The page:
16 Current Build-Up Practice Reliability Dr. Damodarans Recipe for Disaster: Valuation of Company With Typical Risks - Same $6 mil Company, Two Appraisers RF 4.0% RF 2.2% ERP 5.0% Small Stock 4.0% AVG CSR 2.0% ERP 6.0% Small Stock 6.0% Liquidity 2.0% AVG CSR 4.0% Both assume same EVERYTHING, but: Appraiser A = 21.0% = $2.1Million Appraiser B = 11.2% = $4.5Million FCFF G magnifies discrepancy IPCPL (empirically tethered to reality) Both Appraisers: same empirical estimate of FMV PTE -2.0% PTE -1.0% Judge/Jury/ Executioner

17 What Would Dr. Damodaran Do? WWDDD 100% of Kristin Kandy ($3million in Revenue) Dr. Damodaran does not use a small stock premium or Company Specific Risk (CSR) adjustment Uses ERP, TB and Liquidity Adjustment o No Small Stock premium o No CSR Adjustment

18 What Would Dr. Damodaran Do? WWDDD …..(Total beta)….., Professor Aswath Damodaran (NYU Stern School of Business) acknowledged during his day-long presentation at the 26th annual Valuation Roundtable of San Francisco held last Friday in Berkeley, Calif. It theoretically applies if you have an investor who is completely undiversified, but you never have that kind of buyer in the real world. At the other end of the spectrum, beta applies for totally diversified investors. Investors in private companies are somewhere in between. Damodaran also freely allowed that there are dark and difficult areas in the field of private company valuation that even he has not yet explored. Liquidity? Marketability? Discounts? Premiums? Fundamentally, these qualitative factors must at some point show up quantitatively in the cash flows because there are no qualitative dollars, he reminded attendees, only quantitative dollars. But how large should this (liquidity) discount be and how can we best estimate it? This is a very difficult question to answer empirically because the discount in private company valuations itself cannot be observed. The Land of the Blind Unsystematic Risk : (diversification) somewhere in between Illiquidity: (very significant but) cannot be observed Taxes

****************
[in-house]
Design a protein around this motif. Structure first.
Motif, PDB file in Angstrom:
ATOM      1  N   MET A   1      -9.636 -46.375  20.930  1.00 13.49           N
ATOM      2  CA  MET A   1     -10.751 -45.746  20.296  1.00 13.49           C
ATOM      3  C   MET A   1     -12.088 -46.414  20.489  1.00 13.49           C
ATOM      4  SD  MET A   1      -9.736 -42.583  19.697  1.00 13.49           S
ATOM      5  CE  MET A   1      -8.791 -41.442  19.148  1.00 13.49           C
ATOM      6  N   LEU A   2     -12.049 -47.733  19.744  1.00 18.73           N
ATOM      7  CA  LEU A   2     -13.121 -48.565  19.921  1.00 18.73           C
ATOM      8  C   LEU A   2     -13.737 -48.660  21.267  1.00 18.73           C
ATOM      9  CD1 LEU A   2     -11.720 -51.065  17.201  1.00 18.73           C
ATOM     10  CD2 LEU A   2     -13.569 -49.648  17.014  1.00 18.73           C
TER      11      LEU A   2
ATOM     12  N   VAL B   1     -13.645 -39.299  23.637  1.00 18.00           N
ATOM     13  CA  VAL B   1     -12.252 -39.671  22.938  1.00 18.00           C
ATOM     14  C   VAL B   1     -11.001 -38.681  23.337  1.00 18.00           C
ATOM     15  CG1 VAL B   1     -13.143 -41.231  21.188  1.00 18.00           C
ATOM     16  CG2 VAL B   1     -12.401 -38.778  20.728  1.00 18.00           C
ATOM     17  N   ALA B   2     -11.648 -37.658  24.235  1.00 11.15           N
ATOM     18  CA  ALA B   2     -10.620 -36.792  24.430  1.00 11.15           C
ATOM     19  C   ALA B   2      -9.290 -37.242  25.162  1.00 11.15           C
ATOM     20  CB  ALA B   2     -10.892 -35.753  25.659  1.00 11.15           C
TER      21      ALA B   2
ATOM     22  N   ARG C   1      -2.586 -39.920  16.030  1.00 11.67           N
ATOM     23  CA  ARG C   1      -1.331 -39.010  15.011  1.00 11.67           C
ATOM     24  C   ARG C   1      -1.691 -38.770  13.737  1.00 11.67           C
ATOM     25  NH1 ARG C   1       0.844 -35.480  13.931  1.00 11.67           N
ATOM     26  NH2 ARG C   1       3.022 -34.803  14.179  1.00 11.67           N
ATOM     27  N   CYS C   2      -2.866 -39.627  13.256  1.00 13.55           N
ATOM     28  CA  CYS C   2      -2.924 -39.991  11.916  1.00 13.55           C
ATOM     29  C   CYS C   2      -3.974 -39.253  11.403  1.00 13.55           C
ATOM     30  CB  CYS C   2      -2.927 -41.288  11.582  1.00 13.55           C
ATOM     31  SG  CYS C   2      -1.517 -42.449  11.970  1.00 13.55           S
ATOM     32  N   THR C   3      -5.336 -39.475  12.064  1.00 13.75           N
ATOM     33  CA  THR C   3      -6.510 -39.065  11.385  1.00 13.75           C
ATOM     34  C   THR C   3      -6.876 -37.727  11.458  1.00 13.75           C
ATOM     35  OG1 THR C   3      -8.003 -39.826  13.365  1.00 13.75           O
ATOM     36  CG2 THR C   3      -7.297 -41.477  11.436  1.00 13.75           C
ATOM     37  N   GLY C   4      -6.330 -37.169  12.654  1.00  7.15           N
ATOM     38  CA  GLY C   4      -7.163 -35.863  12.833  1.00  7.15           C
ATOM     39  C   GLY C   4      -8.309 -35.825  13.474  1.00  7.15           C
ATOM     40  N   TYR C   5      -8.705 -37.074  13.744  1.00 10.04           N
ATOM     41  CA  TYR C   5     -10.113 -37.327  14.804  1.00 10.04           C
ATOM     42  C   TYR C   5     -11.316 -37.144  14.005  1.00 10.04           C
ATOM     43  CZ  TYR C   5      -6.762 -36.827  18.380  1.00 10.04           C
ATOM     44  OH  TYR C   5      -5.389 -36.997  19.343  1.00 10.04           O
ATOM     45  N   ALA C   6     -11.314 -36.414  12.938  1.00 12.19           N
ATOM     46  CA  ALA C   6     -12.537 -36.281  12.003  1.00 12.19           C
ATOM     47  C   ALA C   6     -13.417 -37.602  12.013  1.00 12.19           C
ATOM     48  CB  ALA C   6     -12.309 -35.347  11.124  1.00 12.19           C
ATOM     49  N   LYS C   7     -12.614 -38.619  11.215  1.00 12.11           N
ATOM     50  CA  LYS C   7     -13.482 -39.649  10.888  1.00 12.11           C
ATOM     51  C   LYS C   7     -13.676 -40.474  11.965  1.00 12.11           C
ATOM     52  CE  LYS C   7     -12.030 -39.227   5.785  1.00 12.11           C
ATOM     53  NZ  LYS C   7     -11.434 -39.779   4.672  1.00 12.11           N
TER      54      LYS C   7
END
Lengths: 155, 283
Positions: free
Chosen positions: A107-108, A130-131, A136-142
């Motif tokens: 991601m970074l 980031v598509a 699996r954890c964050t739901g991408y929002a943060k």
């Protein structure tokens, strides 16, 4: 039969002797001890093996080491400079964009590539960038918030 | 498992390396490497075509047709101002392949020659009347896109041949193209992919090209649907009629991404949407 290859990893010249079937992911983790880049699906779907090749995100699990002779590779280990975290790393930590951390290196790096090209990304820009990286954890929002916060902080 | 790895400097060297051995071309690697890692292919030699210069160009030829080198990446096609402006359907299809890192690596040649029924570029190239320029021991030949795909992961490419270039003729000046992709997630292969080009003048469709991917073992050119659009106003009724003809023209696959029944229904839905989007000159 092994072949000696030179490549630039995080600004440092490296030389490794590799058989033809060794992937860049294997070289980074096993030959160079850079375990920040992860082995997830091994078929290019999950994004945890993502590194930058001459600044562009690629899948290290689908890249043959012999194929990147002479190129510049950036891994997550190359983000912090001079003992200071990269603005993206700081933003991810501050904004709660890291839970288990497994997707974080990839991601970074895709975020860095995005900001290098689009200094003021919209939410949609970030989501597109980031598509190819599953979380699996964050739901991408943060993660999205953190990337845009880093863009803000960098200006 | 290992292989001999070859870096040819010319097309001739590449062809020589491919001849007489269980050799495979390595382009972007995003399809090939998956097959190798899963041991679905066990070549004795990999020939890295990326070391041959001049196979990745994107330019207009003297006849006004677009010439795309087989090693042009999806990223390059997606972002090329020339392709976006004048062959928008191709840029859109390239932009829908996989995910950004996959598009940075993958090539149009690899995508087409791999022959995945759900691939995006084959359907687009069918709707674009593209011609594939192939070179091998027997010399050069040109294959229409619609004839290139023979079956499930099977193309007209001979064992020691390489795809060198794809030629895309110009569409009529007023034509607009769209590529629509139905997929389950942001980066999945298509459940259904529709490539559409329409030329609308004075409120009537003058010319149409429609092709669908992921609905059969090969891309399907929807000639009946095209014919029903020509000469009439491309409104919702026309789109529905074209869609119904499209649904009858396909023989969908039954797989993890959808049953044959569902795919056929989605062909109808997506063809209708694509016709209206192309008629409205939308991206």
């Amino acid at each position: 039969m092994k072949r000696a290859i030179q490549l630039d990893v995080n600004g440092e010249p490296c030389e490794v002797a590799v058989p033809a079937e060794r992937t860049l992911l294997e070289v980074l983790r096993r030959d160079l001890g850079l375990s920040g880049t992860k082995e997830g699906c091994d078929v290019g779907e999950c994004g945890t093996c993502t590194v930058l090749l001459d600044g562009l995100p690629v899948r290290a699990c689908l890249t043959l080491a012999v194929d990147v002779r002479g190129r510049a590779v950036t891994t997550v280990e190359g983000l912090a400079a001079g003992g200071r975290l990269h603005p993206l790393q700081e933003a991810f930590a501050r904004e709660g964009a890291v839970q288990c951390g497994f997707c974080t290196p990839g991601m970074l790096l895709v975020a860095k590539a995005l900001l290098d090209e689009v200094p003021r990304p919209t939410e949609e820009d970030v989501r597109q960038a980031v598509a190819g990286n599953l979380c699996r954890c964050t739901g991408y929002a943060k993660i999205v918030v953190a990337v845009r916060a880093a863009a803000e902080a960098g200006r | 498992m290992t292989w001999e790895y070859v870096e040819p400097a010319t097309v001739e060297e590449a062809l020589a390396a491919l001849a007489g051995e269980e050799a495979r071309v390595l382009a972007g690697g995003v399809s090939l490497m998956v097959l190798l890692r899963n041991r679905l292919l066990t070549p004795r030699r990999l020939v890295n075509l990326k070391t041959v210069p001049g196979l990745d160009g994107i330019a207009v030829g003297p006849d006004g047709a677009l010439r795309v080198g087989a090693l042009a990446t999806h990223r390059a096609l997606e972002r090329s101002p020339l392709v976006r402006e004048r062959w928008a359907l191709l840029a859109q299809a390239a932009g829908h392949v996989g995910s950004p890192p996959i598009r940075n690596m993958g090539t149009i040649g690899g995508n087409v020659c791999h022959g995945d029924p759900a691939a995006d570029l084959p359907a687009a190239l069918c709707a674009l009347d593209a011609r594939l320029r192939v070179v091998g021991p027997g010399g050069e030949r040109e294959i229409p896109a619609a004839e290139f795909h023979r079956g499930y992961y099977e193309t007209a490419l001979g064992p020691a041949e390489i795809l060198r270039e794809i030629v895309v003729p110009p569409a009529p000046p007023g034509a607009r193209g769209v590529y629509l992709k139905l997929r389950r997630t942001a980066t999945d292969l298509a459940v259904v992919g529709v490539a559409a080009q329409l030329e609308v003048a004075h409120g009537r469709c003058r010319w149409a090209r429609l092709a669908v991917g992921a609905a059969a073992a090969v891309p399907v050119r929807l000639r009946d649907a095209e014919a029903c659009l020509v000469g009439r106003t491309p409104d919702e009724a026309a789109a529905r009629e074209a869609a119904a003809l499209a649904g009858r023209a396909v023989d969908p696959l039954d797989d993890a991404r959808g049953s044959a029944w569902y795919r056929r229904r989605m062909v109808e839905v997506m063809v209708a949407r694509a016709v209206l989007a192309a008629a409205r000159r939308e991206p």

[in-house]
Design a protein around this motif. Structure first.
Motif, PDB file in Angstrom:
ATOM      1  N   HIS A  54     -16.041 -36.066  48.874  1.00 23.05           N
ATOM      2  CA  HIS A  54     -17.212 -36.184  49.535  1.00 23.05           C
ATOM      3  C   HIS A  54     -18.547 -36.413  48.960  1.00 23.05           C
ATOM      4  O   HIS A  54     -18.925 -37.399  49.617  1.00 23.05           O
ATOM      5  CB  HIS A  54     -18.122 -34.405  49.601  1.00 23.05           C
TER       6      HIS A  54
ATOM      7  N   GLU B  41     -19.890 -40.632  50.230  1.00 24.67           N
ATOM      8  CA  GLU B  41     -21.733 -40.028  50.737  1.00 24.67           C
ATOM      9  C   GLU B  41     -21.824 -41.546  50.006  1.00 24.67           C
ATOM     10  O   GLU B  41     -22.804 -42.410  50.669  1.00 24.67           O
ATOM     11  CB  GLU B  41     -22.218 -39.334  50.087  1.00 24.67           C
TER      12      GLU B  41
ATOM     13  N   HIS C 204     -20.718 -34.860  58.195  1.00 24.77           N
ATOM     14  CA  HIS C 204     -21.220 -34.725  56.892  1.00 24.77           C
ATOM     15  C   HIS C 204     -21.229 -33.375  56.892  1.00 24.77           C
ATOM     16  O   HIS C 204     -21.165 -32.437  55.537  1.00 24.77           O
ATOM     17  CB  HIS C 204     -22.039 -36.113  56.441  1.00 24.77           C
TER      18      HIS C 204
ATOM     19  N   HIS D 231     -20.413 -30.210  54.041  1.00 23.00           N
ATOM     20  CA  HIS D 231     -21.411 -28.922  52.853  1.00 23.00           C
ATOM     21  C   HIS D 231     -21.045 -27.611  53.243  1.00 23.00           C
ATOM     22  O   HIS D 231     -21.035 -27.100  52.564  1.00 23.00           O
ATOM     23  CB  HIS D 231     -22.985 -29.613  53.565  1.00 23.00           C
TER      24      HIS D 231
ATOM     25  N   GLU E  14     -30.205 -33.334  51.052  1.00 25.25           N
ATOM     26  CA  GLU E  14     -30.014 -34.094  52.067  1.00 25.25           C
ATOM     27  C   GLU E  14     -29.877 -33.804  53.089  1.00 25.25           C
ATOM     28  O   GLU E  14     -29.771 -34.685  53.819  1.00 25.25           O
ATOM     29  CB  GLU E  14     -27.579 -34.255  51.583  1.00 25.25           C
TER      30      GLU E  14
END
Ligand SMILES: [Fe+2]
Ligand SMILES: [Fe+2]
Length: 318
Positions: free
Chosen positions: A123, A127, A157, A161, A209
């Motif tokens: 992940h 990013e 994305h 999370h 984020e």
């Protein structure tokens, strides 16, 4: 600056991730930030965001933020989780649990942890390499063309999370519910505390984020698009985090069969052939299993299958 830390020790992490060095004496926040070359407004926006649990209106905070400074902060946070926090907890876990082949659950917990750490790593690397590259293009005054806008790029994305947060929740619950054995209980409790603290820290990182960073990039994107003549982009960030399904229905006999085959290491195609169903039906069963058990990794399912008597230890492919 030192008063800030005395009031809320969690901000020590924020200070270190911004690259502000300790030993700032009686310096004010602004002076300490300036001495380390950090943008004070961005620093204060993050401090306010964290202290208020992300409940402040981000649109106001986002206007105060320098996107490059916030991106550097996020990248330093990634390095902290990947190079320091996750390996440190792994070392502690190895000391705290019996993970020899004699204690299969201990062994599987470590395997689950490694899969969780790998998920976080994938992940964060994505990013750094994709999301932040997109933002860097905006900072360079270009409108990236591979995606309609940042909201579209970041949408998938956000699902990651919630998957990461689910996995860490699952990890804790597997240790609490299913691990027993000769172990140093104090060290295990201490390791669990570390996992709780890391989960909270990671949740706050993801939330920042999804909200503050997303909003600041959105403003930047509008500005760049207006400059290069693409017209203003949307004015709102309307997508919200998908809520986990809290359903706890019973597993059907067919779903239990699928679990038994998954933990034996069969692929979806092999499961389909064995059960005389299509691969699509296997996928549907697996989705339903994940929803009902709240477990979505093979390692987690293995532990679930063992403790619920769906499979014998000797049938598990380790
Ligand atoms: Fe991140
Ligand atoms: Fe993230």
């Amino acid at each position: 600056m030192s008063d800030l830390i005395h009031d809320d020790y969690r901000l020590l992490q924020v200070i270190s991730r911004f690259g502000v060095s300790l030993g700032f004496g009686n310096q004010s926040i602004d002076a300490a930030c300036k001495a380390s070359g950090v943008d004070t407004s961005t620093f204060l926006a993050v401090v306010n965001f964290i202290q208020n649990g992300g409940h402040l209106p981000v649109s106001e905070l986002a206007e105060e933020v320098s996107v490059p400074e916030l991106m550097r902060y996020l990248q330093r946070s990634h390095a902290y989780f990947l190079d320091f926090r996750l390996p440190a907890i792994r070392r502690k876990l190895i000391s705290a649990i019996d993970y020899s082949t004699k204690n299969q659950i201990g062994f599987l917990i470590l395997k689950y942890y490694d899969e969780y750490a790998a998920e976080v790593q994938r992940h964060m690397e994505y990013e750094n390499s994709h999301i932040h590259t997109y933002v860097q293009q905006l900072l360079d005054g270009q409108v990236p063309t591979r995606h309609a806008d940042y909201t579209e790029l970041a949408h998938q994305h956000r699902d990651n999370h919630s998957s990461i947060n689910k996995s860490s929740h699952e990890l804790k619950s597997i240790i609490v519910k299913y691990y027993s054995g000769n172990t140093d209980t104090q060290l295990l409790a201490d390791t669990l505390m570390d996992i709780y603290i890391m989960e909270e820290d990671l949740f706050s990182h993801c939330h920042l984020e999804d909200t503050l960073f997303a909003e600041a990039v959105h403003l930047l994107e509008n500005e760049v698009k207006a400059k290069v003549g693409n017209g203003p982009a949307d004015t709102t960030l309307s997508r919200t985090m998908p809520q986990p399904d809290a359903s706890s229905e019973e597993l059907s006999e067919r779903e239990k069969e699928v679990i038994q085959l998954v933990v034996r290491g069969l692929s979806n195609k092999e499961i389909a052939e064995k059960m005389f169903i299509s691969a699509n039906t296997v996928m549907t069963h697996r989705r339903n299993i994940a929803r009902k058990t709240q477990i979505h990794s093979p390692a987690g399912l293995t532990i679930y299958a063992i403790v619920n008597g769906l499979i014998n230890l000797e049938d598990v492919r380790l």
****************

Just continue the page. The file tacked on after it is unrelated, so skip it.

19 Market Approach Completed Transactions Pratt Stats/BizComps – Market Approach No problem for: o What Tax Rate? o Liquidity Adjustment o Equity Risk Premium o Priced & Higher Unsystematic risk o Higher Systematic risk o Small Stock Premium Extrapolation / Double Counting o Unlevering and Relevering Beta Cash Add-Back No Problem Because They are Truly Comparable – Size etc

20 IPCPL = Ko= FCFF /P + g The IPCPL aggregates 500 small private company transactions and directly estimates the aggregate pre-tax IRR. This IRR aka ex ante approach is fundamentally the same as Dr. Damodarans equity risk premium approach. By using prices paid (FMV) for small privately held companies, all of the above public security return extrapolation issues are rendered moot. Effects of Liquidity, unsystematic risk, taxes etc. are reflected in the (FMV) clearing prices paid for the businesses

21 IRR Aggregation of the IPCPL 500 ( $ Millions Private Company Transactions Combined) Revenue TTM $2,943 %Revenue Operating Income TTM 239 8% Fair Market Value To (1) $1,439 49% Operating Book Capital TTM (2) % Aggregate Revenue Growth (3) 2.44% Holding above relationships constant: o FCFF T1 = $239 * ($586 * 2.44%) = $230 o Ko (4) = FCFF1/P + g = $230/$1, % = 18.4% = IRR

22 Transaction Data Reliability

23 IPCPL - The Line (Curve) Point 1 – $5.9 Million Using Above Private Co. Aggregate IRR Point 2– $150 Million ETF IWC Comp (Using Fama French/CAPM) Adjusted for Costs of Going & Staying Public Point 1 & Point 2 Connected Using No-Arbitrage Rule o Based on Double Lehman Formula Curve Shape – Proxy for Liquidity and Unsystematic effect consistent with Dr. Damodarans Liquidity discussions

24 IPCPL

25 Restaurant Example Kristins Grill - Medium/high price restaurant bar. Revenue $6 Million Ibbotson Industry Risk Premium – Negative Assume Typical Liquidity for Similar Size If Typical Risk for Same Size (stop at IPCPL) Algorithm on regressions

26 IPCPL Point

27 Risk Analysis